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November 25, 1988 - Image 56

Resource type:
Text
Publication:
The Detroit Jewish News, 1988-11-25

Disclaimer: Computer generated plain text may have errors. Read more about this.

A

A1111.1111115•11111111111•1800...-1.1

4,

BUSINESS

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& Liability
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• Specialty Contractors
• Manufacturers
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Metal Workers
Pro-grams

Heavily Discounted,
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Ftf

Howard M. Dubin

Insurance Agency Corporation

260 Brown Suite 300
P.O. Box 12227
Birmingham, Michigan 48012-0227
(313) 258-2898

Can Kosher Diners Survive?

SUSAN WEINGARDEN

Special to The Jewish News

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56

Angelis Banks eats lunch at the empty Cafe Katan in Oak Park.

FRIDAY, NOVEMBER 25, 1988

fter 23 years in the

deli business, Morris
Goodman — former
partner of Lou's Deli — decid-
ed to try his hand in the
kosher restaurant business.
He wanted to be homer
Shabbat.
So he opened Sara's, the
state's only kosher deli. It
shares its kosher status with
Sperber's Cafeteria at the
Maple/Drake Jewish Com-
munity Center and Cafe
Katan, a small pizza parlor
attached to Mertz's bakery in
Oak Park.
Sara's — like the two other
kosher eateries in
metropolitan Detroit — is fac-
ing a dilemma. Goodman says
the restaurant is losing
money. Now he is considering
closing the deli when the
shopping center he now oc-
cupies at 10 Mile Road and
Coolidge is knocked down to
make way for a larger shopp-
ing center.
Rent, Goodman presumes,
would skyrocket beyond his
limits in the new center. If
business would increase, he
says, he would find another
location to put his deli.
Neither Mertz's Cafe Katan
nor Sperber's small
restaurant at the JCC have
reaped profits, leaving
restauranteers and patrons
wondering why kosher
eateries can't make '' it in
Detroit.
Kosher delis survive in
larger cities — New York, Los
-'Angeles and Toronto. And

some cities of similar Jewish
populations also support a
few kosher eaterAps.
Cleveland has four koilier
restaurants — one Chinese
style. Baltimore, with a
population of about 92,000
Jews, has five kosher
restaurants.. Pittsburgh, with
an estimted 45,000-person
Jewish community, supports
four.
"There is not a market
here;' says Henry Sperber, of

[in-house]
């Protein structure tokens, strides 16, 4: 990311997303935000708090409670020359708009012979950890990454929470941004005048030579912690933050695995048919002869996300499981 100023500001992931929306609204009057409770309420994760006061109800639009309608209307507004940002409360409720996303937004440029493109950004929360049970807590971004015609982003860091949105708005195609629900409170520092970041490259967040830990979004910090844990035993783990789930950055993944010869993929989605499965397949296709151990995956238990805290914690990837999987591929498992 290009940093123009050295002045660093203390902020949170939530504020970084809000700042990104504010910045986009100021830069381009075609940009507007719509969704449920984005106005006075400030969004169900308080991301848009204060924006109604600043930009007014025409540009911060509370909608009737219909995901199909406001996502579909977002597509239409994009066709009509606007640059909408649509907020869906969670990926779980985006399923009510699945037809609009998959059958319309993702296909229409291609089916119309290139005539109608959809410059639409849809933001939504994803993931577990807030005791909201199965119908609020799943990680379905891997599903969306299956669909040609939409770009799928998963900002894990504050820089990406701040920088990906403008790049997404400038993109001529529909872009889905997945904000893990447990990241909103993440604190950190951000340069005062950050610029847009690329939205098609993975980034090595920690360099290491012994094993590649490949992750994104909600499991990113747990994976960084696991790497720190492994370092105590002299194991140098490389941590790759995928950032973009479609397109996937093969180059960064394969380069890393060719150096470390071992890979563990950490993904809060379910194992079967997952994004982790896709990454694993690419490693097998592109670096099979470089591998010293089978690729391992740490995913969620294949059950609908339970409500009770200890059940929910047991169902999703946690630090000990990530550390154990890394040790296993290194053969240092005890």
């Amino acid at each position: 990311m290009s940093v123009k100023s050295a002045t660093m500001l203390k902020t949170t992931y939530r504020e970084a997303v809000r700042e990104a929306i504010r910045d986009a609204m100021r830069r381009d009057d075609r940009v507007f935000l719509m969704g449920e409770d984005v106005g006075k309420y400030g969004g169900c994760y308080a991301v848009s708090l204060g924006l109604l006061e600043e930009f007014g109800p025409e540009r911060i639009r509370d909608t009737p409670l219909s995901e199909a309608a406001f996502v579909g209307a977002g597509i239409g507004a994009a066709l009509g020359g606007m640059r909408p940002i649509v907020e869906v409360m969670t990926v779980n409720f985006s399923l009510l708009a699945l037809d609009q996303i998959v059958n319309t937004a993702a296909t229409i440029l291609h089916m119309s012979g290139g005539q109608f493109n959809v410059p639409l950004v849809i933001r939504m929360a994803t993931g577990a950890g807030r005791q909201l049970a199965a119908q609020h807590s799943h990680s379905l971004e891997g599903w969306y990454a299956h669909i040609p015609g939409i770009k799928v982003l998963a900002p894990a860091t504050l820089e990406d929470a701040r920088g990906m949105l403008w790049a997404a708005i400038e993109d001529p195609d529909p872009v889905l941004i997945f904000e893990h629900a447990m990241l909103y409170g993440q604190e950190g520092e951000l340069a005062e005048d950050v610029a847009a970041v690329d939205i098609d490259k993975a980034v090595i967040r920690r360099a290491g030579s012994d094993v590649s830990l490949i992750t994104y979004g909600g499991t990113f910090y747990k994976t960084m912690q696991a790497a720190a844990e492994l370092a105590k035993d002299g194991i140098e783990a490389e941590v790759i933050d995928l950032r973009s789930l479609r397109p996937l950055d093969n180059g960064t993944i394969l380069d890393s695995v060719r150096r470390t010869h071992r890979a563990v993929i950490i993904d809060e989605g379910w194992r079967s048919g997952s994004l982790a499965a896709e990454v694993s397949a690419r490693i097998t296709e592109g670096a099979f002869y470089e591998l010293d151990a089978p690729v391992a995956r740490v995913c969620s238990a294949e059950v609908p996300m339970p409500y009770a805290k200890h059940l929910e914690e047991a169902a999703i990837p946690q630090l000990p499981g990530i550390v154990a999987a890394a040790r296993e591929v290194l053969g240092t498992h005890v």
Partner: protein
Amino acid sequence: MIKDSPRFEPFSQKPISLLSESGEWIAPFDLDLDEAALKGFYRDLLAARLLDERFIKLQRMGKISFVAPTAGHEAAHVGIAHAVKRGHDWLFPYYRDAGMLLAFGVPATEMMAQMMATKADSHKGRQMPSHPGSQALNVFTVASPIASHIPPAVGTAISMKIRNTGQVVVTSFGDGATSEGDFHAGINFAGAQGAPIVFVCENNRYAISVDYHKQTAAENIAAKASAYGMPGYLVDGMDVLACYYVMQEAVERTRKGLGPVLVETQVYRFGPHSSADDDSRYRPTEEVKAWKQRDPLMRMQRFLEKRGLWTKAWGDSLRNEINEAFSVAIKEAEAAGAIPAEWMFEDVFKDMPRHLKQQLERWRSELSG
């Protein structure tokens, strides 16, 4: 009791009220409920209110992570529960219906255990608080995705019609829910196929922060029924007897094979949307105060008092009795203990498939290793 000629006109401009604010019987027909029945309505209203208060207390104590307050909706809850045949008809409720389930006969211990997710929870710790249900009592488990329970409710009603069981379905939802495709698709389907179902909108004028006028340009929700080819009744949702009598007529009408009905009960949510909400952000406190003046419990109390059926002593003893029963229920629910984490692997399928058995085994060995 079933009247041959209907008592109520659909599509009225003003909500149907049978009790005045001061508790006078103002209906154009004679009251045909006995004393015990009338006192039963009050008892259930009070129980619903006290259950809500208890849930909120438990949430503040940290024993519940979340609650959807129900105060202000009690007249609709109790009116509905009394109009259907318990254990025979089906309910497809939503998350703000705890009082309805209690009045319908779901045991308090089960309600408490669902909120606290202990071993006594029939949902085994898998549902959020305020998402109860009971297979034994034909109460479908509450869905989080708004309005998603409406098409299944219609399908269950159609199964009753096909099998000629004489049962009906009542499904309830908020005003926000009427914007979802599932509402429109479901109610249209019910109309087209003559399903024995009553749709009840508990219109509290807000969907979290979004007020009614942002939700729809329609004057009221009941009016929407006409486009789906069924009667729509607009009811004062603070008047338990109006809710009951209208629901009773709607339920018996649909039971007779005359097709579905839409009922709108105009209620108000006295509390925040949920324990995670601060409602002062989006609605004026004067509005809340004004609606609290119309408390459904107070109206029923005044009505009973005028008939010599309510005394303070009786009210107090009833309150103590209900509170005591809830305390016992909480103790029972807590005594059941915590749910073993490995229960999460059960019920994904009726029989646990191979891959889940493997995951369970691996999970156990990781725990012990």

Sperber's Kosher Catering.
"It's a very risky thing."
Leo Mertz, of Mertz's
bakery adds, "There is not a
large enough community
here. The Orthodox are not
accustomed to going out to
restaurants. It takes a while
for new habits to form."

Sperber says he does not
generate a profit from his
restaurant at the Jewish
'Center. "It is a convenience
for the community.
"Lunch business at the
center is excellent but not
enough to keep a restaurant
running?'
He relies on his catering
business to pay bills.
Sperber may someday open
the JCC restaurant for
dinner.
While most of his patrons
are Orthodox, Mertz says he
also attracts walk-in business
from his bakery. "If I were los-
ing money I couldn't stay in
business."
Goodman says there has to
be a commitment from the
community for a kosher
restaurant to be successful.
While the dinner business at
Sara's is good, he says it is not

enough to pay the bills.
"People see lines at dinner
and they think we are mak-
ing money;' he says. "Our
lunch business and after-
noons are slow?'
Food costs for kosher
restaurants are higher than
non-kosher restaurants.
"Kosher meat is twice as ex
pensive as non-kosher meat;'
Goodman explains. High
costs are attributed to the low
demand for kosher products,
and the special process in
which cows are slaughtered.
"We are not losing money
because we are doing
something wrong," Goodman
says. "Our restaurant is run
very professionally. Our help
is friendly, the service is
quick and the food is good. We
have over two hundred items
on the menu."
Goodman says his business
is 75 percent Orthodox.
Esther Ryba, a steady
customer from Oak Park, says
she would be very disap-
pointed if it closed.
"There has never been a
place for us to go out to eat ex-
cept synagogue dinners," she
explains. "My husband used
to come home for lunch but
now he can take clients to
Sara's."
Frequent customer Hyman
Beale, a retired Orthodox Jew,
says his community should be
able to support a kosher
restaurant.
"Many of the Orthodox
youth are professionals and
financially able to support it,"
he says. "This restaurant pro-
vides a service and it is exact-
ly what we need."

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